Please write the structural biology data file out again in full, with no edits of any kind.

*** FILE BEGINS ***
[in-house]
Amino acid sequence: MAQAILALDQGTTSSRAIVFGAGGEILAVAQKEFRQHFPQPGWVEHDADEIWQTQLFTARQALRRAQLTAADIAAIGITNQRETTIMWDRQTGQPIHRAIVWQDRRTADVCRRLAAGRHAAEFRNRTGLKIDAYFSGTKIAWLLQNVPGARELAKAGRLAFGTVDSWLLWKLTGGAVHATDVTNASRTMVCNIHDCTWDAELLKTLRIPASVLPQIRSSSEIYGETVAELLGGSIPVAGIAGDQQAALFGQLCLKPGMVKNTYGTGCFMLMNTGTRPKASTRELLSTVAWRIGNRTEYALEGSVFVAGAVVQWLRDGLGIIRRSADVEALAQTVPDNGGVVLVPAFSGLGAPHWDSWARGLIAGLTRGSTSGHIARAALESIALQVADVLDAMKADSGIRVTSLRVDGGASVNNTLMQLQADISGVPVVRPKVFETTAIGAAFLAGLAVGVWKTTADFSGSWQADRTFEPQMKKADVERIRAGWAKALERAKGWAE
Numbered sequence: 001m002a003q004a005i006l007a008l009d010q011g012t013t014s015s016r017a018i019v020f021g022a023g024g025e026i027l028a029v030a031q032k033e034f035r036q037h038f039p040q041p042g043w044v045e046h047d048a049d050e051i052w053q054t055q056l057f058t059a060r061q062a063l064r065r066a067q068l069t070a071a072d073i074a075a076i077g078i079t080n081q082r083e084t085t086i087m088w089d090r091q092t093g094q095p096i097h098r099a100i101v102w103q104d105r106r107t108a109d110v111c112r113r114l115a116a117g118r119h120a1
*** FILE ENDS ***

[in-house]
Amino acid sequence: MAQAILALDQGTTSSRAIVFGAGGEILAVAQKEFRQHFPQPGWVEHDADEIWQTQLFTARQALRRAQLTAADIAAIGITNQRETTIMWDRQTGQPIHRAIVWQDRRTADVCRRLAAGRHAAEFRNRTGLKIDAYFSGTKIAWLLQNVPGARELAKAGRLAFGTVDSWLLWKLTGGAVHATDVTNASRTMVCNIHDCTWDAELLKTLRIPASVLPQIRSSSEIYGETVAELLGGSIPVAGIAGDQQAALFGQLCLKPGMVKNTYGTGCFMLMNTGTRPKASTRELLSTVAWRIGNRTEYALEGSVFVAGAVVQWLRDGLGIIRRSADVEALAQTVPDNGGVVLVPAFSGLGAPHWDSWARGLIAGLTRGSTSGHIARAALESIALQVADVLDAMKADSGIRVTSLRVDGGASVNNTLMQLQADISGVPVVRPKVFETTAIGAAFLAGLAVGVWKTTADFSGSWQADRTFEPQMKKADVERIRAGWAKALERAKGWAE
Numbered sequence: 001m002a003q004a005i006l007a008l009d010q011g012t013t014s015s016r017a018i019v020f021g022a023g024g025e026i027l028a029v030a031q032k033e034f035r036q037h038f039p040q041p042g043w044v045e046h047d048a049d050e051i052w053q054t055q056l057f058t059a060r061q062a063l064r065r066a067q068l069t070a071a072d073i074a075a076i077g078i079t080n081q082r083e084t085t086i087m088w089d090r091q092t093g094q095p096i097h098r099a100i101v102w103q104d105r106r107t108a109d110v111c112r113r114l115a116a117g118r119h120a1